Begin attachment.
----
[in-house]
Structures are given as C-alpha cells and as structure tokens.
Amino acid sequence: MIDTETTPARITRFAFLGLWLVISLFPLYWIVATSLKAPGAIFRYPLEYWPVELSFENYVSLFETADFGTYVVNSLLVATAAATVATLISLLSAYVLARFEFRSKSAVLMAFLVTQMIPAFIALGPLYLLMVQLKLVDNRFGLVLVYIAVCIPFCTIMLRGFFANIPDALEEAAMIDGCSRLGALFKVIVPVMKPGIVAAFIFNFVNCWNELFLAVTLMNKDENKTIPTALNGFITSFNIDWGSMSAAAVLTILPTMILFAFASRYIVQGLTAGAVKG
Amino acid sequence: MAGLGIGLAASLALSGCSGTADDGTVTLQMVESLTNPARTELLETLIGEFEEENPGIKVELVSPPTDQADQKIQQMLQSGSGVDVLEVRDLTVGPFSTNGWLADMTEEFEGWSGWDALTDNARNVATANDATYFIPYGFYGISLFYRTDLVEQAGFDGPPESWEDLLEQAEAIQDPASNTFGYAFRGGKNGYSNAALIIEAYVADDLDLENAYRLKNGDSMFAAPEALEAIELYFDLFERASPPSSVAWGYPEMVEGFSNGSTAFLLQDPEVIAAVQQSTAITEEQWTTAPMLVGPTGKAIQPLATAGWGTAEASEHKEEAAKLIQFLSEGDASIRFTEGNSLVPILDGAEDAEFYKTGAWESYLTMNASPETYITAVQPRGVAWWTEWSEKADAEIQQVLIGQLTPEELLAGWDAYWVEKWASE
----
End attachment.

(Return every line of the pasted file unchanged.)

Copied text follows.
[in-house]
Structures are given as C-alpha cells and as structure tokens.
Amino acid sequence: MIDTETTPARITRFAFLGLWLVISLFPLYWIVATSLKAPGAIFRYPLEYWPVELSFENYVSLFETADFGTYVVNSLLVATAAATVATLISLLSAYVLARFEFRSKSAVLMAFLVTQMIPAFIALGPLYLLMVQLKLVDNRFGLVLVYIAVCIPFCTIMLRGFFANIPDALEEAAMIDGCSRLGALFKVIVPVMKPGIVAAFIFNFVNCWNELFLAVTLMNKDENKTIPTALNGFITSFNIDWGSMSAAAVLTILPTMILFAFASRYIVQGLTAGAVKG
Amino acid sequence: MAGLGIGLAASLALSGCSGTADDGTVTLQMVESLTNPARTELLETLIGEFEEENPGIKVELVSPPTDQADQKIQQMLQSGSGVDVLEVRDLTVGPFSTNGWLADMTEEFEGWSGWDALTDNARNVATANDATYFIPYGFYGISLFYRTDLVEQAGFDGPPESWEDLLEQAEAIQDPASNTFGYAFRGGKNGYSNAALIIEAYVADDLDLENAYRLKNGDSMFAAPEALEAIELYFDLFERASPPSSVAWGYPEMVEGFSNGSTAFLLQDPEVIAAVQQSTAITEEQWTTAPMLVGPTGKAIQPLATAGWGTAEASEHKEEAAKLIQFLSEGDASIRFTEGNSLVPILDGAEDAEFYKTGAWESYLTMNASPETYITAVQPRGVAWWTEWSEKADAEIQQVLIGQLTPEELLAGWDAYWVEKWASE